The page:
The Common Good

Blurred Lines Between Military and Humanitarian Efforts in Afghanistan Raise More Questions than Answers

091202-afghanistanReported in a recent Times article, leading non-governmental organizations (NGOs), speculate that the militarization of aid in Afghanistan blurs lines between military and humanitarian responses, jeopardizing the success of projects and the lives of staff, wanting a return of all aid work to NGOs. And while I'd like to wholeheartedly agree, I wonder if, at least in part, the rules have changed.

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All countries, cultures, families, etc. have unspoken rules from which they work -- even those in conflict and chaos. When I first moved to Kabul in 2003, residents were disgusted by suicide bombings, convinced they were done by the foreign jihadis, as blowing one's self up was un-Afghan... un-Islamic. Today, we know this is no longer true. The rules changed.

It used to be that humanitarian staff could work within an unstable political system, neutrally, and thus, safely. NGOs worked for years in Afghanistan despite the civil war and the strong-arm ruling of the Taliban, with decent levels of security. Yet currently, we see the risks for these people ever increasing.

A report released recently by some of the world's largest NGOs claims "too much money is being channelled through the military, risking the safety of humanitarian staff by blurring the lines between aid workers and the army."

This might be true. But it is not the only thing that is true. In 2006, four of our national staff were killed by insurgents, not because there was any association with military, but because they worked for foreigners daring to provide education and health care. At one time, unarmed NGOs lived with an unspoken assurance that they were, in a sense, off limits for violent backlash. This is no longer the case, and I don't think it can all be blamed on NATO doing development work through their Provincial Reconstruction Teams (PRTs).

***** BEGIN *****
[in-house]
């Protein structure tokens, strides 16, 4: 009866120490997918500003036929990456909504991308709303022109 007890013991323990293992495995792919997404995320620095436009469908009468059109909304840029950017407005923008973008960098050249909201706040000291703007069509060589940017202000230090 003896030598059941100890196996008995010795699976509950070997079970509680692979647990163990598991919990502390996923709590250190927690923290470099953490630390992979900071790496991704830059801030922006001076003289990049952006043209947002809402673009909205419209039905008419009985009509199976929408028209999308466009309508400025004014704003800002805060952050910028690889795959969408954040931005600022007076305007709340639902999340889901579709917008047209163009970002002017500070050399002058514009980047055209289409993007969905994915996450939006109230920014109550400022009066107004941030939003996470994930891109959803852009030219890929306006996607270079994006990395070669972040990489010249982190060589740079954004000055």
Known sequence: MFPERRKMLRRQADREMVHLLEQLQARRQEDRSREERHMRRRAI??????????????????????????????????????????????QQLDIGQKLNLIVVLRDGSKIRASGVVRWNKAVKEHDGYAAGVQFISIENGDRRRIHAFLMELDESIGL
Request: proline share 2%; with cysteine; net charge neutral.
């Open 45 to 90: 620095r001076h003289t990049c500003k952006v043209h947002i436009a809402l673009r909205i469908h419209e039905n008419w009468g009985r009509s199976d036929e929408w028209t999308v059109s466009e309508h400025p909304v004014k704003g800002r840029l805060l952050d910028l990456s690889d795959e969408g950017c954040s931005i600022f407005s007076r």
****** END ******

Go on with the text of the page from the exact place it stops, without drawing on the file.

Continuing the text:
Afghans are smart. They can differentiate between American people, American military, and American foreign policy, directing their frustration to the due source. Even still, resentment toward foreigners grows. Could it be that the "blurring of lines" is less about weaponry and more about the religiousizing of war? Could it be that humanitarian organizations are tackling more controversial issues, like education for women and girls, that is decreasing the perceived neutrality of development work? Yet how can we not address these issues? While the militarization of aid certainly adds to the risk humanitarian workers face, it is not the sole contributor. So is it possible to return to the old way, or has the increased polarisation demanded that we develop a new way forward?

The Times article does a great job highlighting many reasons NATO perhaps oughtn't be doing reconstruction work:

Development projects implemented with military money or through military-dominated structures aim to achieve fast results but are often poorly executed, inappropriate and do not have sufficient community involvement to make them sustainable.

This is well said, and likely to be quite true. Unfortunately, similar things can also be said of many NGOs. And while strongly disliking aid coming through the hands of those who hold weapons, we must also consider the alternatives, for there are many places in Afghanistan still too dangerous for humanitarian organizations to work. What then? Do we provide no assistance? What are different solutions to these needs?

From time spent in the soil of Afghanistan, I have more questions than answers. Being amidst humanity has a beautiful -- albeit bewildering -- way of drawing issues away from the ease of staunch black and white. So while the Times article is good, and highlights questions we need to be asking, I hope and pray the solutions created carry new and innovative problem solving. It is time we develop a new way forward in Afghanistan. The lives of many Afghans and our aid workers depend on it.

Heather Wilson is Marketing/Circulation Assistant at Sojourners. She served two and a half years in Afghanistan doing photography and communication work for developmental non-government organizations.

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